Family Matters: Psychosocial Factors on Neuropsychological Outcome

  • Grace W. Fong


Jamie was a typically developing, healthy, and active teenaged girl who enjoyed life. She did well in school, especially in math and science, and dreamed of becoming a science teacher. Jamie and her family were not initially alarmed when she seemed to come down with the flu after returning from a family vacation in Maine. However, when the usual medicines just did not seem to work and Jamie 's health instead began declining rapidly, her mother decided it was time to see the doctor. A blood test led to other tests, and soon, without warning, Jamie was diagnosed with leukemia, aform of cancer in the blood (Box 12.1). Jamie 's world was immediately turned upside down. She barely had time to even think about her new diagnosis before having to start an aggressive chemotherapy treatment. Her parents were devastated and scared as they tried to sort through the impact of this diagnosis on their daughter 's future. Over the next few weeks, Jamie 's health problems multiplied as she suffered a left-sided stroke that resulted in right-sided hemiparesis (weakness) and aphasia (language problems). Jamie was rushed to the hospital and underwent multiple surgeries to address complications related to the stroke. After her surgeries, Jamie was transferred to an inpatient rehabilitation unit to learn to function independently again. At that point, the right side of Jamie 's body was paralyzed, and she could not speak, control her bladder, or eat independently and thus required a feeding tube.

During inpatient rehabilitation, Jamie received speech and language and occupational therapies. By the time she was discharged, she had made significant progress in her ability to walk, speak single words, and eat independently. Arrangements had been made for her to continue to receive speech and language, occupational, and physical therapies in addition to special education placement through her local public school. Unfortunately, when Jamie was transferred to a different school later that school year, she was discharged from all of her therapies, although she retained her special education placement at her new school.


Acute Lymphocytic Leukemia Down Syndrome Executive Functioning Family Matter Neuropsychological Outcome 
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Resources for Clinicians

  1. American Psychiatric Association, & Task Force on DSM-IV. (1994). Diagnostic and statistical manual of mental disorders: DSM-IV (4th ed.). Washington, DC: American Psychiatric Association.Google Scholar
  2. Baron, I. S., Fennell, E. B., & Voeller, K. K. S. (1995). Pediatric neuropsychology in the medical setting. New York: Oxford University Press.Google Scholar
  3. Bluebond-Langner, M. (1996). In the shadow of illness: Parents and siblings of the chronically ill child. Princeton, N. J: Princeton University Press.Google Scholar
  4. Butler, R. W., & Mulhern, R. K. (2005). Neurocognitive interventions for children and adolescents surviving cancer. Journal of Pediatric Psychology, 30(1), 65–78.CrossRefPubMedGoogle Scholar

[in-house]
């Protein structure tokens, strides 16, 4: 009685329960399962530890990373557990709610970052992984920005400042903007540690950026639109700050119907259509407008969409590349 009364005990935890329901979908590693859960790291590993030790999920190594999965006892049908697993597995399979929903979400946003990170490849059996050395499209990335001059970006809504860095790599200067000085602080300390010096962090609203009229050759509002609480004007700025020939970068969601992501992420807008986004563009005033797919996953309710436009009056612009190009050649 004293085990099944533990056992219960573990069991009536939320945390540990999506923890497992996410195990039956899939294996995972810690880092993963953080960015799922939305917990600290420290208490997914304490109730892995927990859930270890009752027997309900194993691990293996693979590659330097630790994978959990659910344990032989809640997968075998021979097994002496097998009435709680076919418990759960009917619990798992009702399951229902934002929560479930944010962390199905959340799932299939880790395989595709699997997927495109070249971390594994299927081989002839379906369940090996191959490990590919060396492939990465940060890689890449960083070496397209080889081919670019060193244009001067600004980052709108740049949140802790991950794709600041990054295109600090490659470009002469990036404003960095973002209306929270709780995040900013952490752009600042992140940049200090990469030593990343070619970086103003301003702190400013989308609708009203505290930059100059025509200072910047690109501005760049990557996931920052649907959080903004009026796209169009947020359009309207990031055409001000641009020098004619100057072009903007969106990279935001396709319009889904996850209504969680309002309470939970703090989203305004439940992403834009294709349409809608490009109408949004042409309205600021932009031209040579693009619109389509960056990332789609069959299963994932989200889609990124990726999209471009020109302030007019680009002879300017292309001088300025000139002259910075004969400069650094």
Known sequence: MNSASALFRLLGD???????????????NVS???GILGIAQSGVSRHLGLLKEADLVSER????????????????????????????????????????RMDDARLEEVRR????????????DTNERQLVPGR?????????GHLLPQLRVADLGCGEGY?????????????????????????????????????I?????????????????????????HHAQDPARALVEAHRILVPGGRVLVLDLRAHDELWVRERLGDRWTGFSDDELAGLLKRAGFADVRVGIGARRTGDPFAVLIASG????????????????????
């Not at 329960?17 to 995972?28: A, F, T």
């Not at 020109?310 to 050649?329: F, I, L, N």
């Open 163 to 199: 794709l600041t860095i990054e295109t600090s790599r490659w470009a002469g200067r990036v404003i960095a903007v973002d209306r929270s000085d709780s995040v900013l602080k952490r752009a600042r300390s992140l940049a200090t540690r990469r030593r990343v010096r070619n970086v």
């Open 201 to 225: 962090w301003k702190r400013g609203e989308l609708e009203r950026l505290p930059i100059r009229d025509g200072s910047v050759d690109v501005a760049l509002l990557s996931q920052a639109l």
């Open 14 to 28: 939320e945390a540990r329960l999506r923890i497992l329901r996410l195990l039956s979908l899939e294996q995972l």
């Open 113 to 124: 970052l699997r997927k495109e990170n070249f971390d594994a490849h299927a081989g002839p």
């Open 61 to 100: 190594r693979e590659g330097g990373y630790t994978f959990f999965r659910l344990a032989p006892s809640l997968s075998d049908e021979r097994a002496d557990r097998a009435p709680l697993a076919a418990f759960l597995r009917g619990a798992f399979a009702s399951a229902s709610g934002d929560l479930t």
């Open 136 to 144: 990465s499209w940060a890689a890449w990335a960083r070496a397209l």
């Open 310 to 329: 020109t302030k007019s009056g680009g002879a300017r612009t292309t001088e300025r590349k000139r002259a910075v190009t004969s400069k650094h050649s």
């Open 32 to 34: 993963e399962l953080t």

5. Davis, H., Marlow, N., & British Psychological Society. (1993). Counselling parents of children with chronic illness or disability. Leicester, Baltimore, MD, U.S.A: British Psychological Society; Distributed exclusively in North America by P.H. Brookes Pub.Google Scholar
  6. Moore, B. D., III. (2005). Neurocognitive outcomes in survivors of childhood cancer. Journal of Pediatric Psychology, 30(1), 51–63.CrossRefPubMedGoogle Scholar
  7. National Cancer Institute. Leukemia home page. Retrieved November 27, 2007, from (provides information on treatment, clinical trials, research, and statistics related to leukemia)
  8. Waber, D. P., & Mullenix, P. J. (2000). Acute lymphoblastic leukemia. In Yeates, K. O. Ris, M. D. & Taylor, H. G. (Eds.), Pediatric neuropsychology: Research, theory, and practice (pp. 300–319). New York: Guilford Press.Google Scholar

Resources for Families

  1. The Leukemia & Lymphoma Society, Provides information on leukemia and its treatment. The “Disease Information” section can be particularly informative for both clinicians and families. Families may also wish to view the “Patient Services” section to learn more about available support. Relevant publications available at the Web site include “Acute lymphocytic leukemia” and “Coping with childhood leukemia and lymphoma.”
  2. The PACER Center, In St. Paul, Minnesota, a regional, Midwest center for providing information, advocacy, and training for parents and professionals, about individual 's rights, particularly in relation to education.
  3. Parent to Parent-USA, A national non-profit organization whose programs provide emotional and informational support to families of children who have special needs, most notably by matching parents seeking support with an experienced, trained “Supporting Parent.”
  4. NICHCY State Resources List, Includes names, addresses, phone numbers, and e-mail addresses for developmental disabilities, special education, vocational rehabilitation, and parent advocacy programs for every state.

Copyright information

© Springer Science+Business Media, LLC 2010

Authors and Affiliations

  • Grace W. Fong
    • 1
  1. 1.Children's Healthcare of AtlantaAtlanta

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